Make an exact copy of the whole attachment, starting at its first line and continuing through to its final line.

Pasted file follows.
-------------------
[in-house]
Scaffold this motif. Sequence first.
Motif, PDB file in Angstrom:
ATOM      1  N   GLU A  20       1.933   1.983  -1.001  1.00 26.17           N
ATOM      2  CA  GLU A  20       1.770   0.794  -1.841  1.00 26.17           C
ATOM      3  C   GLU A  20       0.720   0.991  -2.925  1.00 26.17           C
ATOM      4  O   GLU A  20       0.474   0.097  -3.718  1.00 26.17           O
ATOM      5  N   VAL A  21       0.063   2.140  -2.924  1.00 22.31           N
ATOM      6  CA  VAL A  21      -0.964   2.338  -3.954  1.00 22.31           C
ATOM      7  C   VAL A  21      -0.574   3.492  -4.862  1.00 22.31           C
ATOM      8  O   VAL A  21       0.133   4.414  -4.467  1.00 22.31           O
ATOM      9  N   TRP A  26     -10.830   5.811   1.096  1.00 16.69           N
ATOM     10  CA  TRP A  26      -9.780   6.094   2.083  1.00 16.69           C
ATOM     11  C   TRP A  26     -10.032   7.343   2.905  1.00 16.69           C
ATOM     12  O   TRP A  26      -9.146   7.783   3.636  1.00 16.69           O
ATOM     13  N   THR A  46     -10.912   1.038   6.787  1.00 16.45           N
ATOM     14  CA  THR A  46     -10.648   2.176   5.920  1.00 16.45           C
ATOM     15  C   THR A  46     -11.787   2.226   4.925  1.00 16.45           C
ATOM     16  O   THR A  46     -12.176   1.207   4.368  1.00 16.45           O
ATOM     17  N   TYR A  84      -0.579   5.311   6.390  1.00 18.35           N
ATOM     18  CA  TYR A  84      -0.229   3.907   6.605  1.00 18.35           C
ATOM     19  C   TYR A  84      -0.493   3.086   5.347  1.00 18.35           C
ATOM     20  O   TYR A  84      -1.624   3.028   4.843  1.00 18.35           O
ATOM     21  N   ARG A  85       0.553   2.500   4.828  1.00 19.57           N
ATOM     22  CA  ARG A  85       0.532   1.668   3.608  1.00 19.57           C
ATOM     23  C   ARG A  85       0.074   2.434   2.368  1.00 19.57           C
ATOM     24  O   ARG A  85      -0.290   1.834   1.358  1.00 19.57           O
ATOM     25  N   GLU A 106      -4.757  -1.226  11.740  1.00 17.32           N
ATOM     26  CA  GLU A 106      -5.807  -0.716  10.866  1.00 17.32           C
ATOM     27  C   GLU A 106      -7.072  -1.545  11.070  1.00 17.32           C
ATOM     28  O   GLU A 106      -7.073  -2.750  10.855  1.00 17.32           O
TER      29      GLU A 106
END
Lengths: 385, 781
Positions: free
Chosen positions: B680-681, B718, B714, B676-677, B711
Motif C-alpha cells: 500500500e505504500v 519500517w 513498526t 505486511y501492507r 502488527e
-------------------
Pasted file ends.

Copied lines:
[in-house]
Scaffold this motif. Sequence first.
Motif, PDB file in Angstrom:
ATOM      1  N   GLU A  20       1.933   1.983  -1.001  1.00 26.17           N
ATOM      2  CA  GLU A  20       1.770   0.794  -1.841  1.00 26.17           C
ATOM      3  C   GLU A  20       0.720   0.991  -2.925  1.00 26.17           C
ATOM      4  O   GLU A  20       0.474   0.097  -3.718  1.00 26.17           O
ATOM      5  N   VAL A  21       0.063   2.140  -2.924  1.00 22.31           N
ATOM      6  CA  VAL A  21      -0.964   2.338  -3.954  1.00 22.31           C
ATOM      7  C   VAL A  21      -0.574   3.492  -4.862  1.00 22.31           C
ATOM      8  O   VAL A  21       0.133   4.414  -4.467  1.00 22.31           O
ATOM      9  N   TRP A  26     -10.830   5.811   1.096  1.00 16.69           N
ATOM     10  CA  TRP A  26      -9.780   6.094   2.083  1.00 16.69           C
ATOM     11  C   TRP A  26     -10.032   7.343   2.905  1.00 16.69           C
ATOM     12  O   TRP A  26      -9.146   7.783   3.636  1.00 16.69           O
ATOM     13  N   THR A  46     -10.912   1.038   6.787  1.00 16.45           N
ATOM     14  CA  THR A  46     -10.648   2.176   5.920  1.00 16.45           C
ATOM     15  C   THR A  46     -11.787   2.226   4.925  1.00 16.45           C
ATOM     16  O   THR A  46     -12.176   1.207   4.368  1.00 16.45           O
ATOM     17  N   TYR A  84      -0.579   5.311   6.390  1.00 18.35           N
ATOM     18  CA  TYR A  84      -0.229   3.907   6.605  1.00 18.35           C
ATOM     19  C   TYR A  84      -0.493   3.086   5.347  1.00 18.35           C
ATOM     20  O   TYR A  84      -1.624   3.028   4.843  1.00 18.35           O
ATOM     21  N   ARG A  85       0.553   2.500   4.828  1.00 19.57           N
ATOM     22  CA  ARG A  85       0.532   1.668   3.608  1.00 19.57           C
ATOM     23  C   ARG A  85       0.074   2.434   2.368  1.00 19.57           C
ATOM     24  O   ARG A  85      -0.290   1.834   1.358  1.00 19.57           O
ATOM     25  N   GLU A 106      -4.757  -1.226  11.740  1.00 17.32           N
ATOM     26  CA  GLU A 106      -5.807  -0.716  10.866  1.00 17.32           C
ATOM     27  C   GLU A 106      -7.072  -1.545  11.070  1.00 17.32           C
ATOM     28  O   GLU A 106      -7.073  -2.750  10.855  1.00 17.32           O
TER      29      GLU A 106
END
Lengths: 385, 781
Positions: free
Chosen positions: B680-681, B718, B714, B676-677, B711
Motif C-alpha cells: 500500500e505504500v 519500517w 513498526t 505486511y501492507r 502488527e